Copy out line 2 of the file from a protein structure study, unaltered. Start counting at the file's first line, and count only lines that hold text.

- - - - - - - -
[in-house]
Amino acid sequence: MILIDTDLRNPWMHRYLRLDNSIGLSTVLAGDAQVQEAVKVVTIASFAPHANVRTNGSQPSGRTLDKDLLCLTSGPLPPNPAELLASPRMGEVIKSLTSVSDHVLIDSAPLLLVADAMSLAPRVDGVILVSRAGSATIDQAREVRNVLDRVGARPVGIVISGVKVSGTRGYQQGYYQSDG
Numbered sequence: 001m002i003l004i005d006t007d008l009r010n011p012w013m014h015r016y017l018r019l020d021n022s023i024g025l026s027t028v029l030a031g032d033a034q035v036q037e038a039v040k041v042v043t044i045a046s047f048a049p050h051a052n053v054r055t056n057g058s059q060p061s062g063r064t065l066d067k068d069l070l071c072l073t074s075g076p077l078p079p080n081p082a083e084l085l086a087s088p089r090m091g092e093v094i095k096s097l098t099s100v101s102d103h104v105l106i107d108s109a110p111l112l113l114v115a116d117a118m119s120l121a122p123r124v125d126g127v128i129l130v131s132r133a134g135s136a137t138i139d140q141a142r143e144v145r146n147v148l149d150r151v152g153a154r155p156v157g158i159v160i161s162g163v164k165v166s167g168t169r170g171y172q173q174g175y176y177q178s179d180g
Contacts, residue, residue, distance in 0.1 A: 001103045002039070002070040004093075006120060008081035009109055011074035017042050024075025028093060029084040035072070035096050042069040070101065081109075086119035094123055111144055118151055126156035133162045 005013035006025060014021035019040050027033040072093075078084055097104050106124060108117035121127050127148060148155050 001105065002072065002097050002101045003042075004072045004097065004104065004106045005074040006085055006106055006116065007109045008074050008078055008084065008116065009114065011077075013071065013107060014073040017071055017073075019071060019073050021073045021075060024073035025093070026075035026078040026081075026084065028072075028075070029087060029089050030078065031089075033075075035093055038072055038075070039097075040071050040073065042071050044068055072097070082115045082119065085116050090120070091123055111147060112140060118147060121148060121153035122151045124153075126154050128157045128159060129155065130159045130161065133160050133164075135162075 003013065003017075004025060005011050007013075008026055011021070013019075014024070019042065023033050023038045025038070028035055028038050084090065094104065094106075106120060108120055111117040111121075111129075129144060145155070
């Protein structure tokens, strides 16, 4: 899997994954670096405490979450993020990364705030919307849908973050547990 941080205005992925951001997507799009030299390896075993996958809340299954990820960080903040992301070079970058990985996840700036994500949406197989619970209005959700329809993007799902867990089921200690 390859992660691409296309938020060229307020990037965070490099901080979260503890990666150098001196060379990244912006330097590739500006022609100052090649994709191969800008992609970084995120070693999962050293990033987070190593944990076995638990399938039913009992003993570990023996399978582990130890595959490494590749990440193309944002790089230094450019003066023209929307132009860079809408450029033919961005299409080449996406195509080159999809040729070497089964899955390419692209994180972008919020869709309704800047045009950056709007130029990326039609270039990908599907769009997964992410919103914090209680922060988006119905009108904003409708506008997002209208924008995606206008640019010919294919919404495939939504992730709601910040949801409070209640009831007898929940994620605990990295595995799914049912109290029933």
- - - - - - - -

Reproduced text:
Amino acid sequence: MILIDTDLRNPWMHRYLRLDNSIGLSTVLAGDAQVQEAVKVVTIASFAPHANVRTNGSQPSGRTLDKDLLCLTSGPLPPNPAELLASPRMGEVIKSLTSVSDHVLIDSAPLLLVADAMSLAPRVDGVILVSRAGSATIDQAREVRNVLDRVGARPVGIVISGVKVSGTRGYQQGYYQSDG